The end of the civil war should’ve marked a major turning point for the position of African Americans. The north’s victory marked the end of slavery and in addition, the fourteenth and fifteenth amendment guaranteed African Americans full civil and political equality. However, the end of the civil war and the beginning of the reconstruction era was seen a ‘false dawn for the slaves in the former confederacy and border states.
1865 saw the creation of the freedman bureau to provide food, shelter and medical aid and land to ex- slaves. The passing of the 1866 freedman bureau act over President Johnson’s veto meant an extension of work of the bureau. It also included the right of military courts in the south to hear racial discrimination cases. Despite the fact the freedman’s bureau was poorly resourced with limited financing, it played a fundamental role in the creation of African American schools and was aided by charity workers in the north and with African Americans. In 1965 95% of black slaves were illiterate, but this number had fallen by 14% by 1870. Furthermore, there were increased opportunities for Black Americans to continue with higher education due to the development of higher education institutions0 such as Howard University and Fisk University 1866-7.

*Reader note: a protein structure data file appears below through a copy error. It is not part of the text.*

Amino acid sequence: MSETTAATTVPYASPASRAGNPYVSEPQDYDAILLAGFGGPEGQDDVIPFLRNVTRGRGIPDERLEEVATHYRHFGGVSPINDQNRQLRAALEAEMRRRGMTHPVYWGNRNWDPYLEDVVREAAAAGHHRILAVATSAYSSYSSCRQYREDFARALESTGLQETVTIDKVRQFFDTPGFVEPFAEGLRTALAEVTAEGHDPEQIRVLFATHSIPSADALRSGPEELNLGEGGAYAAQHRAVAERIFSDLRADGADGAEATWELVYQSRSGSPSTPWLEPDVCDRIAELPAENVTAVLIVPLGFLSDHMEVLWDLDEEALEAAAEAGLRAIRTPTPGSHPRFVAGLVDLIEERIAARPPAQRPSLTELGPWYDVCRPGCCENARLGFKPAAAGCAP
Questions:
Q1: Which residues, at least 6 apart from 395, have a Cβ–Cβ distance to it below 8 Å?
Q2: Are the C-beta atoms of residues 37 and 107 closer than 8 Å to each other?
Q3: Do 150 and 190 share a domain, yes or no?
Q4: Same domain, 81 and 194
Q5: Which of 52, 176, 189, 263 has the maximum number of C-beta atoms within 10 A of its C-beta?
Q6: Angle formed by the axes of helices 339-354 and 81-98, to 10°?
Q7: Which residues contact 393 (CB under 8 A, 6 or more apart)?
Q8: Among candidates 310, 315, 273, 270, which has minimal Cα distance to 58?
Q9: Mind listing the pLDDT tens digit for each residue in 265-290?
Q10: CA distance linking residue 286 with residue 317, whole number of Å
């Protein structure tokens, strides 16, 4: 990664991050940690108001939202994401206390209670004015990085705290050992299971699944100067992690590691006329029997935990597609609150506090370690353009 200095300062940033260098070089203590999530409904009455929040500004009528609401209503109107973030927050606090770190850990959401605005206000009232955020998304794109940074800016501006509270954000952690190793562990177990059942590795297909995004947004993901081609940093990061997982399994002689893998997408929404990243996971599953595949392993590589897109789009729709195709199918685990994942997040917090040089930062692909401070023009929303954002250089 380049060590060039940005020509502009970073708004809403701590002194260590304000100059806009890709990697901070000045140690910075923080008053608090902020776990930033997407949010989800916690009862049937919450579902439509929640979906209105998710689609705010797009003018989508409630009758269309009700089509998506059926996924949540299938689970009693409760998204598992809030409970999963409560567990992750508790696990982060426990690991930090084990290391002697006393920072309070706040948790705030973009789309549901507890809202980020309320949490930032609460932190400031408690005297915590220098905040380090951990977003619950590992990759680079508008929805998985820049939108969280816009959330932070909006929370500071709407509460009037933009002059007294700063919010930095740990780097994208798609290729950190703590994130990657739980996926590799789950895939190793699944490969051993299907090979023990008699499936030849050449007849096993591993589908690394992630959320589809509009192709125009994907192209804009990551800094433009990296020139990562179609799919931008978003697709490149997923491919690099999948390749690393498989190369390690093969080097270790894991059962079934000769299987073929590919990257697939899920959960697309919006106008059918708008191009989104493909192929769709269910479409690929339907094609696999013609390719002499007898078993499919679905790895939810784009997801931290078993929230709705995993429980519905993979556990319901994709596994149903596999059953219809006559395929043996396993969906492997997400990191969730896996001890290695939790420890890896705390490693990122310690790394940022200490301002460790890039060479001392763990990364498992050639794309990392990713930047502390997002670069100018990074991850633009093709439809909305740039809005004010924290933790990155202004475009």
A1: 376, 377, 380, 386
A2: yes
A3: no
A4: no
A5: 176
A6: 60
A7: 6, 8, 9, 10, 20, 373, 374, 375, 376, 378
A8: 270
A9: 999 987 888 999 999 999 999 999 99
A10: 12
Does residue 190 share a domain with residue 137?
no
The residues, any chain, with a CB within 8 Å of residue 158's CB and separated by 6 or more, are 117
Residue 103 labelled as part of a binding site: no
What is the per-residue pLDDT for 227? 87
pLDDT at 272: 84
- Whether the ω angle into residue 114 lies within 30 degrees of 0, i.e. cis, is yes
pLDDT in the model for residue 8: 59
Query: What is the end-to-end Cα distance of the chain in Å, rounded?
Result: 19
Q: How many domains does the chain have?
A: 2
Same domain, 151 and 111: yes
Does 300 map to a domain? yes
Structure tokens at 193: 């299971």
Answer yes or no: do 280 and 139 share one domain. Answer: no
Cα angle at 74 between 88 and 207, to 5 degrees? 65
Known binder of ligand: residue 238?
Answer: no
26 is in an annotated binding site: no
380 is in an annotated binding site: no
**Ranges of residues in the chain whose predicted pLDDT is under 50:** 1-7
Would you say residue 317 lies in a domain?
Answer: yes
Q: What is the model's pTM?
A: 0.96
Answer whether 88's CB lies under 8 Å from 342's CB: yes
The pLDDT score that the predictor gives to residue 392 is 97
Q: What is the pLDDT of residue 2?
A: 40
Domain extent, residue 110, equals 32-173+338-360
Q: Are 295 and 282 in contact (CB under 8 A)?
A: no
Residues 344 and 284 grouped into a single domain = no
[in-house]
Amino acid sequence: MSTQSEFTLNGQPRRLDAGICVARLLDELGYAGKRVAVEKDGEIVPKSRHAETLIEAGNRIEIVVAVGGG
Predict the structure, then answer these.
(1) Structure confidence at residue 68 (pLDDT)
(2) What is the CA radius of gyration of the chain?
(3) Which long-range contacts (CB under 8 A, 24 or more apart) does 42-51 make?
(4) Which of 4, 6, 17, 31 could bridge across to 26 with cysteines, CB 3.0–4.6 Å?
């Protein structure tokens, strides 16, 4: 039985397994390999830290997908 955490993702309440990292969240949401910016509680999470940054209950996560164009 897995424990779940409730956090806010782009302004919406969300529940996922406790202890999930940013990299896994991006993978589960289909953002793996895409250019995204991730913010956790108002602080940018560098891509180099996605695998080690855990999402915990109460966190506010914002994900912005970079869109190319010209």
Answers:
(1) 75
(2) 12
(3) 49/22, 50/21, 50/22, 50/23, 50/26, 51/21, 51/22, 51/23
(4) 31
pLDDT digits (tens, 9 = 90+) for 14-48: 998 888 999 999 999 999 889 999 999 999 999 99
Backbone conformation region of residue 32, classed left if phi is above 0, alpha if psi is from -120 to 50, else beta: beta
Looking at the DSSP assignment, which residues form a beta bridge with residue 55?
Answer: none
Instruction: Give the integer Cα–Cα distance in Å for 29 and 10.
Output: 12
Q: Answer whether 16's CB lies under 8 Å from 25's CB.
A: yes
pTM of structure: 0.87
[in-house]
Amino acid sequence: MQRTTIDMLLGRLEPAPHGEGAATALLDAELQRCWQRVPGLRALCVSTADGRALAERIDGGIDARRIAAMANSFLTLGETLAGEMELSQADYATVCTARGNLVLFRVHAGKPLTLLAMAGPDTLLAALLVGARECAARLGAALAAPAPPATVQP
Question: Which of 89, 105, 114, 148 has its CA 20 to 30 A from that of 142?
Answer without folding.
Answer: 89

During the reconstruction period, African Americans benefited from the civil rights act of March 1866 and the 13th, 14th and 15th amendment. However, for African Americans in the former confederacy, opportunities were limited as in1865 and 1866 the former confederacy states passed black codes’ a replacement of the former slave codes, which once again forcibly cemented the second-class status of African Americans. The most oppressive of the codes was against vagrancy, which meant that all homeless African Americans would be fined and imprisoned. Nevertheless, the civil rights act did aim to counter the black codes. Furthermore, the reconstruction period also saw the rise of the Ku Klux Klan from...
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